Rookies/Prospects to Watch

  1. Bryce Harper (Outfielder, Nationals)
  2. Randall Delgado (Pitcher, Braves)
  3. Zach Wheeler (Pitcher, Mets)
  4. Julio Teheran (Pitcher, Braves)
  5. Tyler Pastornicky (Shortstop, Braves)

Harper's the next "Next Big Thing" in DC;whenever he arrives he'll widen the Strasburg spotlight to shine on him as well.

Harper is baseball’s “Next Big Thing”, and for good reason. The 18 year old has shown he can dominate minor league comp and play solid, if slightly inconsistent, ball with the big boys. That inconsistency will start him in Triple A, but it’s going to be hard to leave him there all summer, even if the Nationals are technically “in need” of him. The Braves really need for Delgado or Teheran to live up to their top prospect billing, so they can round out a pitching staff that needs improvement on its bottom half.


  1. Phillies
  2. Marlins
  3. Braves
  4. Nationals
  5. Mets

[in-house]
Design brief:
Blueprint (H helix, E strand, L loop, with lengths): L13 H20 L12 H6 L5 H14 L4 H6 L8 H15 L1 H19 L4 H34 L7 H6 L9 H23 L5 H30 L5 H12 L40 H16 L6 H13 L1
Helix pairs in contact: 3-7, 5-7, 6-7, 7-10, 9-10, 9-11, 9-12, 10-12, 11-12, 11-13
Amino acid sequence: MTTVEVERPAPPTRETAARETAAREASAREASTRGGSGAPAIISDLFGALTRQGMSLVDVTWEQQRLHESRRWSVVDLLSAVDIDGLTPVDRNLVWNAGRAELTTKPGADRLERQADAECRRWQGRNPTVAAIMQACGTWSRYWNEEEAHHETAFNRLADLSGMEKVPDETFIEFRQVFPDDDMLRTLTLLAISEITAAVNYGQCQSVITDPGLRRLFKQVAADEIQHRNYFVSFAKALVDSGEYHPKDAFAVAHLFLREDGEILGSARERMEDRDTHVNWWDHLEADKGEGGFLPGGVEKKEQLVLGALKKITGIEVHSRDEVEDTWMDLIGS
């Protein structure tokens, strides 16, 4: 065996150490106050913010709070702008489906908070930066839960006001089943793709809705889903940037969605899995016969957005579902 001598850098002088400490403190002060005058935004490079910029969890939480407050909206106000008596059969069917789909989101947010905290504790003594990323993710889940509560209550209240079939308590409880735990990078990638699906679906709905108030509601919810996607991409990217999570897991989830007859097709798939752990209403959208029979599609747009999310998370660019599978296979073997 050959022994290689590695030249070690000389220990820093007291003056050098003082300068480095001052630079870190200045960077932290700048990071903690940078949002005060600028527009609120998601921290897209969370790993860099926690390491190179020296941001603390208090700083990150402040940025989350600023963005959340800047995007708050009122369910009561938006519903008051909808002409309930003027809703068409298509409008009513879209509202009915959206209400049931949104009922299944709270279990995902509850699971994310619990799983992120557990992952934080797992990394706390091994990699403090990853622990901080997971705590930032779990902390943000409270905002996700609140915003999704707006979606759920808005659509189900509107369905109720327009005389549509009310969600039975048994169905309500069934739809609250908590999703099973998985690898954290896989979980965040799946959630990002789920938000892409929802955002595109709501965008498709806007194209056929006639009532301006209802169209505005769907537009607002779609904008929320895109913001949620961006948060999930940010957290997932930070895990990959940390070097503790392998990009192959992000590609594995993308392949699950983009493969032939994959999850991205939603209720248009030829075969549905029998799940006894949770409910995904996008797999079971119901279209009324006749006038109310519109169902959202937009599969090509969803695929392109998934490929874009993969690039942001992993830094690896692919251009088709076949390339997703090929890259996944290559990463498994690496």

The Phillies have run the East for the last half decade in part due to a brutal lineup that featured MVP winners in Rollins and Howard, and one of the game’s most productive overall players in Utley. More recently, it has been due to their dominant pitching staff taking the lead. This summer the weight of the world will be on that pitching staff and whatever the lineup can provide. The good news is if any team can live with this arrangement, it’s the Phillies; and as far as win and losses go, they probably won’t skip much of a beat. Halladay is the best pitcher in the game and Lee isn’t too far behind. Hamels is in a contract year, and will be auditioning for one of the biggest deals this upcoming winter. With yet another up and coming stud in Vance Worley joining them and a championship-level closer in Papelbon backing it all up, runs may be a luxury, but not a necessity, until Howard and Utley potentially return.